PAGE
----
The thing about Woody Allen and his workrate is that he does keep on knocking them out, year after year, come what may. His films are always modestly scaled and reasonably budgeted – no big set pieces or massive special effects, just collections of actors in rooms delivering dialogue at each other. While this means he's never going to destroy his own career with a John Carter-esque fiasco, it does mean that even the best of his films tend to be rather lightweight, and tend to get lost in the crowd of all the others. Last year's Blue Jasmine was given some serious heft by a heavy-duty performance from Cate Blanchett – but Magic in the Moonlight has no such distinguishing features.

The 1920s setting is nicely mounted and the film is very pleasant to look upon throughout... and... and... and... and at this point I really run out of things to say about Magic in the Moonlight that don't contravene my self-imposed ban on falling back on the usual Allen points of reference, because they are all here. There is a deeply unlikely romance between Colin Firth and Emma Stone (he openly scorns her lack of education and promises he will help to train her brain during their future together), a soundtrack crammed with Jazz Age standards (at one point I was on the point of screaming 'Oh God, not 'You Do Something To Me' again!!!' in the cinema), and a storyline which is fundamentally about whether it's better to be a deluded romantic fool or a realistic curmudgeon. Allen, needless to say, comes down firmly in the latter camp. The film also features quality performers like Marcia Gay Harden, Eileen Atkins, and Simon McBurney.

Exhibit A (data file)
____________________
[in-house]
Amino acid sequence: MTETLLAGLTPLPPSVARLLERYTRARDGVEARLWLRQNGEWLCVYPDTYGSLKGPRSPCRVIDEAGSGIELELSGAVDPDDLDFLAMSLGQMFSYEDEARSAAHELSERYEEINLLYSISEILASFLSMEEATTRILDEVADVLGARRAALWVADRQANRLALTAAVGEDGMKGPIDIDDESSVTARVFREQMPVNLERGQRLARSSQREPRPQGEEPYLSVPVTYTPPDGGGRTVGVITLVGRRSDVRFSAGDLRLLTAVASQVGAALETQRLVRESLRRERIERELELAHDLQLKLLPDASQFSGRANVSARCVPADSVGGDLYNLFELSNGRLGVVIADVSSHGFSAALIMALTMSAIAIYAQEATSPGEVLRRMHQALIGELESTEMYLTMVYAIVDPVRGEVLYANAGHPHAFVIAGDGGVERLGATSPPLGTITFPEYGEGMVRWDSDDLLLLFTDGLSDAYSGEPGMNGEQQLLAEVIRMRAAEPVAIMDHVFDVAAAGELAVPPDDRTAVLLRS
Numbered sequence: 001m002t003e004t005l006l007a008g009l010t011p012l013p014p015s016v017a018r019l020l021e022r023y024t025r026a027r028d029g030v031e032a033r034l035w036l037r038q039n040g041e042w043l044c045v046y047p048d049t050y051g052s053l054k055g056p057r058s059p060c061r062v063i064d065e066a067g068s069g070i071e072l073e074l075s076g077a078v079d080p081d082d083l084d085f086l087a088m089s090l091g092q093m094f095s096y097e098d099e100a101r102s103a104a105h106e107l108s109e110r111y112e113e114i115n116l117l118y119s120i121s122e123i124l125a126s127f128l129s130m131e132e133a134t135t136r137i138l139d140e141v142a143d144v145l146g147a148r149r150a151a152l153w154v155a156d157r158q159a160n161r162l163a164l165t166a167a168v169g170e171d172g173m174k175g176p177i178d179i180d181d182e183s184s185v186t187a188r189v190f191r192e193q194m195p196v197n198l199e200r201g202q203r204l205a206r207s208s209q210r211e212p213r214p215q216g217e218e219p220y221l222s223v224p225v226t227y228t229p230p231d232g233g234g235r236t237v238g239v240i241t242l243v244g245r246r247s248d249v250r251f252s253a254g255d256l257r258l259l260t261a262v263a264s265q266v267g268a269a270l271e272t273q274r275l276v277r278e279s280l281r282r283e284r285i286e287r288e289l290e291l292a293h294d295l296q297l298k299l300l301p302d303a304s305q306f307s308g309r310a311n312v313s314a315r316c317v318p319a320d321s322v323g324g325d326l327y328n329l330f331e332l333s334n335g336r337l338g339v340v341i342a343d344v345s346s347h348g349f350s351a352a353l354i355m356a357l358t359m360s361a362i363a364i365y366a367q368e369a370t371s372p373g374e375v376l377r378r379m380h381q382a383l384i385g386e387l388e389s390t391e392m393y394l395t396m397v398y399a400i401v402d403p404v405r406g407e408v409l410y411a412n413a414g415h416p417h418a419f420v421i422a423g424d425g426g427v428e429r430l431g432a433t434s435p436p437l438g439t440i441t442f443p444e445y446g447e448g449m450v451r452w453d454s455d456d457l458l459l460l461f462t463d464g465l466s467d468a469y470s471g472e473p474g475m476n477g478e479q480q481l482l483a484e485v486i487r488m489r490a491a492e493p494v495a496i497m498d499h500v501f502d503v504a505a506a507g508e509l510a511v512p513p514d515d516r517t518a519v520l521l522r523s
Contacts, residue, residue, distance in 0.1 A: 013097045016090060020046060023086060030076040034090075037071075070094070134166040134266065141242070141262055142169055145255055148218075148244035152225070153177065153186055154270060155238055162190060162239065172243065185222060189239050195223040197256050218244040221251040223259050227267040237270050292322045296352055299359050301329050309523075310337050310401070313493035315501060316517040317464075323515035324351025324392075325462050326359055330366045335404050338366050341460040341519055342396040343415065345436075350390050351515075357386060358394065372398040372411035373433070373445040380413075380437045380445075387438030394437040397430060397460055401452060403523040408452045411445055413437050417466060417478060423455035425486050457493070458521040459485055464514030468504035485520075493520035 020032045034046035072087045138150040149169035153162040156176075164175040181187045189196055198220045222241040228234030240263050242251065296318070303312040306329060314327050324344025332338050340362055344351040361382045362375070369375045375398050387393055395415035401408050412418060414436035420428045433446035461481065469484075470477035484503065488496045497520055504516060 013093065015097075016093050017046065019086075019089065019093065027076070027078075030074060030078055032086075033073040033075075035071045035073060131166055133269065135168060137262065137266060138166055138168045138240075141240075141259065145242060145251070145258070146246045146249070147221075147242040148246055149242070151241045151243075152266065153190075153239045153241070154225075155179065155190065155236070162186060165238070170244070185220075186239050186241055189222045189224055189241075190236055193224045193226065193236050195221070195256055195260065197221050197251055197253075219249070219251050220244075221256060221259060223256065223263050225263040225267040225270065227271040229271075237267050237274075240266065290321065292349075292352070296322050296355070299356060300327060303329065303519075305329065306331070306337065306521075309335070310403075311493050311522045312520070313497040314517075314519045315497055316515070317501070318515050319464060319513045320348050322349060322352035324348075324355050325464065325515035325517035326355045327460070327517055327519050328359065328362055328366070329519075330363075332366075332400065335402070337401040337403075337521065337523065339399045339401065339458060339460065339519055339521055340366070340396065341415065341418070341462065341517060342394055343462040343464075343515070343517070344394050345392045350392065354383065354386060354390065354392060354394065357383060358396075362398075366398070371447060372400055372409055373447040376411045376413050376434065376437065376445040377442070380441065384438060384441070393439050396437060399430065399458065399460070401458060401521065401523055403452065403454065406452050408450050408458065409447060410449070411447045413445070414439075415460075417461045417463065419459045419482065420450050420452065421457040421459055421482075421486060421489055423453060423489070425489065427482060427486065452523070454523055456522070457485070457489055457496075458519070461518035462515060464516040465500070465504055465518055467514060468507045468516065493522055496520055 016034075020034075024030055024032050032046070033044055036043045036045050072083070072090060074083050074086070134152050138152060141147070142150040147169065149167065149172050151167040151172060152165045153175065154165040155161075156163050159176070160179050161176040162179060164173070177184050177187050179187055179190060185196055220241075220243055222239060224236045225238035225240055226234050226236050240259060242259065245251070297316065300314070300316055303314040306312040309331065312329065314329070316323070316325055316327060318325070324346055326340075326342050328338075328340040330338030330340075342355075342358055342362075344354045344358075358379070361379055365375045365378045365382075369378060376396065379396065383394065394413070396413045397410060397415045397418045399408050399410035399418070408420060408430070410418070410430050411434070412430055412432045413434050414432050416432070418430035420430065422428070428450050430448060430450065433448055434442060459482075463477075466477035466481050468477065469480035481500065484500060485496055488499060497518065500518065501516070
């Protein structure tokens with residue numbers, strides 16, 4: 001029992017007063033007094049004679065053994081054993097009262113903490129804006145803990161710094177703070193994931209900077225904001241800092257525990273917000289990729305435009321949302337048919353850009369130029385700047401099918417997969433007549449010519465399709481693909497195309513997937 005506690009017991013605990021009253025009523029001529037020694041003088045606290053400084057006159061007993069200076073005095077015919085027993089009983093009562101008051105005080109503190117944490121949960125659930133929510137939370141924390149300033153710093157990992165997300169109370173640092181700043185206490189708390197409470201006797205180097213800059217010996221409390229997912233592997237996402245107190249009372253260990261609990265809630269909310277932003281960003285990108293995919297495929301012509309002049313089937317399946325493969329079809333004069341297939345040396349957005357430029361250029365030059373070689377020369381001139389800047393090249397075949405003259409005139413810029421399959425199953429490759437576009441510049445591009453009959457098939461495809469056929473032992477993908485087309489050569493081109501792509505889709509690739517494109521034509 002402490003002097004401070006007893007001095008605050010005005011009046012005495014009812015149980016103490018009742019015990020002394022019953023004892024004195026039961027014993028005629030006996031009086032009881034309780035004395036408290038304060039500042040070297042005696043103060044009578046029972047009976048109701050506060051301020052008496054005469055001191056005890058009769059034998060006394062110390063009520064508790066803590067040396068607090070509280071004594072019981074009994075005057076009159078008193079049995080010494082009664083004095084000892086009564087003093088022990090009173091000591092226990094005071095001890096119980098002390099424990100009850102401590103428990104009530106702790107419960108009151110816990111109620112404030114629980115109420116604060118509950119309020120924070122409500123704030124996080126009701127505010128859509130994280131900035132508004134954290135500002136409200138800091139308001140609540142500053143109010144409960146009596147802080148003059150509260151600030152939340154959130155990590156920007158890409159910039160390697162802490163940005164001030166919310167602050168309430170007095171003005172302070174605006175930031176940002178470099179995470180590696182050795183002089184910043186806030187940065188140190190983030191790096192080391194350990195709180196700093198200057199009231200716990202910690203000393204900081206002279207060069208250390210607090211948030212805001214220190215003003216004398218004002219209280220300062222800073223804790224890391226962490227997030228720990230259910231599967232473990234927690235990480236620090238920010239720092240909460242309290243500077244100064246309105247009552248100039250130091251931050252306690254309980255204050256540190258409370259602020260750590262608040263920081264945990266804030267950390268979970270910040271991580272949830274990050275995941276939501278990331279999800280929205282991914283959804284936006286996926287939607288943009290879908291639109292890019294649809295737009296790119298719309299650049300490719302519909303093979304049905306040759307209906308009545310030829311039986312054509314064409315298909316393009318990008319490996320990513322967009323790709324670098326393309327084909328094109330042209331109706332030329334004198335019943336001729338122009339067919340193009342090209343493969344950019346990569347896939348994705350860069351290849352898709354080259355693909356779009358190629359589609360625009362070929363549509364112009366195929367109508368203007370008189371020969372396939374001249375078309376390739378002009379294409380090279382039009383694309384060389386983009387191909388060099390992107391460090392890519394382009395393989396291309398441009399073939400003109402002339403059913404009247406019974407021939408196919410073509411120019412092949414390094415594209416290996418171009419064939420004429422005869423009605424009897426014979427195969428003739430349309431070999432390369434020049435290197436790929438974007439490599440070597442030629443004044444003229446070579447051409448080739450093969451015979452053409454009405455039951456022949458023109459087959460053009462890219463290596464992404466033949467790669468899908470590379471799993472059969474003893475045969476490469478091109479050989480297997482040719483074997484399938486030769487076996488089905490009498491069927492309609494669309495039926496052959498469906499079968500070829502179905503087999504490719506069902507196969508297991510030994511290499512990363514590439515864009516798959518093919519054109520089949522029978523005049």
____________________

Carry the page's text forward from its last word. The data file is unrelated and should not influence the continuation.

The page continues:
But it really is just the usual Woody Allen components jigged about into a new arrangement, in vaguely amusing period hats. Perhaps the only addition, and this is a very slight one, is some almost philosophical discussion about whether it's actually possible to completely disprove something's existence, and indeed whether perfectly reproducing something through fakery automatically proves that the original must have been fake too. The rest of it has no real novelty value to it.

Does it follow that Magic in the Moonlight is a bad film, then? Well, no, not necessarily – and especially not if you're less well-versed in the Allen back catalogue than I am. It is well-mounted, and the story is pleasant and easy to follow, if perhaps a little predictable in places. The problem with it, really, is that the characterisations and dialogue are all just a bit too perfunctory – Crawford is written as such an arrogant and self-assured egotist that you just know he's going to have his beliefs seriously challenged, and so on. The characters have no real depth or sense of a genuine internal life about them, and you always have a very good sense of which way the story is going to go.

As a result, Magic in the Moonlight has a sort of cosy familiarity to it in more ways than one. Firth and Stone give of their best, and if their coming together is less than entirely convincing then they can hardly be blamed for it. At least, for a film made by a great misanthrope, it does conclude with a testament to the redemptive power of love: another reasonably frequent theme in Allen movies, or at least those made when he is in a good mood. Perhaps this is one of the things that keeps Woody Allen's films palatable, no matter how gloomy and formulaic they sometimes seem to be threatening to become. This isn't an especially gloomy film, but it contains very few surprises. In the end, there’s nothing very much wrong with it, but for all of the skill with which it’s made, it’s ultimately very insubstantial.